Und zu guter Letzt die Sprache selbst: Ich kenne keine andere Sprache, in der man so vielfältig mit Perfekt Partizip jonglieren und jubilieren kann.

Raija Laube

Case Study: Taaltaske (‘Language Pack’) – Early Language Learning in Friesland

Language Rich Europe promotes the sharing of good practice in the area of multilingualism. On our website, you can read and submit your own case studies.

In this post, we focus on one from the Dutch province of Friesland, which is actively promoting early language learning.

Many recommend learning languages as early as possible – improved literacy skills, increased confidence, more effective cognitive skills and a broader cultural understanding are just a few of the benefits often mentioned. New research even suggests that we can begin learning languages before we are born.

In Friesland, the bilingual province of the Netherlands, they take early language learning seriously – issuing a language pack (Taaltaske) to all parents when they register a birth. The pack contains information on raising a bilingual child, a Frisian children’s book and CD with children’s songs.  As the case study on the Language Rich Europe website explains

Young/future Frisian parents in the Province of Fryslân are often not aware of the possibilities of raising their child bilingually. The Taaltaske is a way to explain to them how they can go about raising their child bilingually.

This early introduction to Frisian is supported by formal education, with the language being a compulsory subject in primary schools and many using it as the language of instruction.

Submit your own case study now!

International Conference on Endangered Languages in Europe

The Interdisciplinary Centre for Social and Language Documentation (CIDLeS) invites scholars working on endangered languages in Europe and on Language Documentation to attend the International Conference on Endangered Languages in Europe. The conference will be held on October 17-18th, 2013 at the Interdisciplinary Centre for Social and Language Documentation (CIDLeS), Minde, Portugal.

The conference aims to:

  • Provide an interdisciplinary forum in which scholars from Language Documentation, Language Technology and others working on European endangered languages can exchange ideas and techniques on language documentation, archiving, and revitalisation;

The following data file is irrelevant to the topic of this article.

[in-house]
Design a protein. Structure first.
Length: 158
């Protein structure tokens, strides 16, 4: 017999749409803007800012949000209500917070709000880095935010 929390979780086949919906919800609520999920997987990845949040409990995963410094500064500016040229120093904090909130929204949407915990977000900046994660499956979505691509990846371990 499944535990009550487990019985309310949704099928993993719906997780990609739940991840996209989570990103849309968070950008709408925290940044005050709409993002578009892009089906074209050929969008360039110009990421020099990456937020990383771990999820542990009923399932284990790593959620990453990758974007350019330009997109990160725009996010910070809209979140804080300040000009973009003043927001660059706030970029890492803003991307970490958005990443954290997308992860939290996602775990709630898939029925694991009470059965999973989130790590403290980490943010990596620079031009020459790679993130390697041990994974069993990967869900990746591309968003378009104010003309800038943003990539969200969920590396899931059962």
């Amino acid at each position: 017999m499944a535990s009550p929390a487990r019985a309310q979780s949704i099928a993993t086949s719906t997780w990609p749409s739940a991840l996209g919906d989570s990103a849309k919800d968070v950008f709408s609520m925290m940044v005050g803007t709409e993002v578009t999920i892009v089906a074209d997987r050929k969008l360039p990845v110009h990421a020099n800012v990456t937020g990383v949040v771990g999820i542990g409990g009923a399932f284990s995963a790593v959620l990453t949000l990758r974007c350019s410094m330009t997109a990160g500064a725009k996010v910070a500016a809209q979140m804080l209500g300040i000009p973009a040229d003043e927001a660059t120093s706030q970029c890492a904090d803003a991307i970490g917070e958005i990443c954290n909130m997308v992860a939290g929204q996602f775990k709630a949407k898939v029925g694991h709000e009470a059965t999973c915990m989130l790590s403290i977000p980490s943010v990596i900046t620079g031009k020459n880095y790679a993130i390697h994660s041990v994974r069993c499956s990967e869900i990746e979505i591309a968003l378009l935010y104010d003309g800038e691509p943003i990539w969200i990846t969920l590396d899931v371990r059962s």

• Include further discussion and research into linguistic diversity in Europe;
  • Reflect on language policy issues.

The second day of the Conference will have two special panels: one focusing on the endangered languages in the Iberian Peninsula and a round table, dedicated to the theme “new speakers of minority/endangered languages”.

The Conference will include a socio-cultural program related to the theme “Endangered Languages in Europe” with the aim of promoting intercultural exchange and reinforcing the relationship between linguists and language communities. On 19 October 2013 there will be a “Language Fair”, in which members of endangered language communities in Europe will present their languages and cultures through book displays, and cultural events (music, theatre, movies, exhibitions, etc.). On the evenings of 18 and 19 October there will be an Endangered Languages Music Festival.

Plenary speakers

  • Ulrike Mosel (University of Kiel)
  • Mandana Seyfeddinipur (School of Oriental and African Studies, London)
  • Sebastian Drude (Max Planck Institute for Psycholinguistics, Nijmegen)
  • Fernando Ramallo (University of Vigo)

Scientific committee

  • Annette Endruschat (University of Regensburg)
  • Michael Cysouw (University of Marburg)
  • Frank Seifart (Max Planck Institute for Evolutionary Anthropology, Leipzig)
  • Wolfgang Schulze (University of Munich)
  • Xosé Afonso Pérez Álvarez (University of Lisbon)
  • Lachlan Mackenzie  (ILTEC, Lisbon)
  • Johannes Helmbrecht (University of Regensburg)
  • Peter-Arnold Mumm (University of Munich)
  • Nikolaus Himmelmann (University of Cologne)
  • Geoffrey Haig (University of Bamberg)

Organizing committee

  • Vera Ferreira
  • Peter Bouda
  • Francisco Vicente
  • Rita Pedro
  • António Lopes
  • Ingrid Scholz
  • Paulo Vicente

For more information please contact and visit the following websites:

Learning languages a way out of crisis, says Vassiliou

Androulla Vassiliou posing in front of the poster of the "Language Rich Europe" networking project

Androulla Vassiliou posing in front of the poster of the “Language Rich Europe” networking project

Our Language Rich Europe Closing Conference took place earlier this week in Brussels on 5 March and called to action for European governments to improve language policies to ensure economic competitiveness and build more inclusive societies. European Commissioner for Education, Culture, Multilingualism and Youth, Androulla Vassiliou, addressed the Conference:

“If we want more mobile students and workers, and businesses that can operate on a European and world scale, we need better language competences – and these must be better targeted to the current and future needs of the labour market,” she said.

The latest European Commission figures show that in 2011 just 42% of European 15-year-olds were competent in their first foreign language, despite often having learned it from seven years of age. Furthermore, the figure differed hugely across different EU countries, with 82% for Sweden and just 9% for Britain.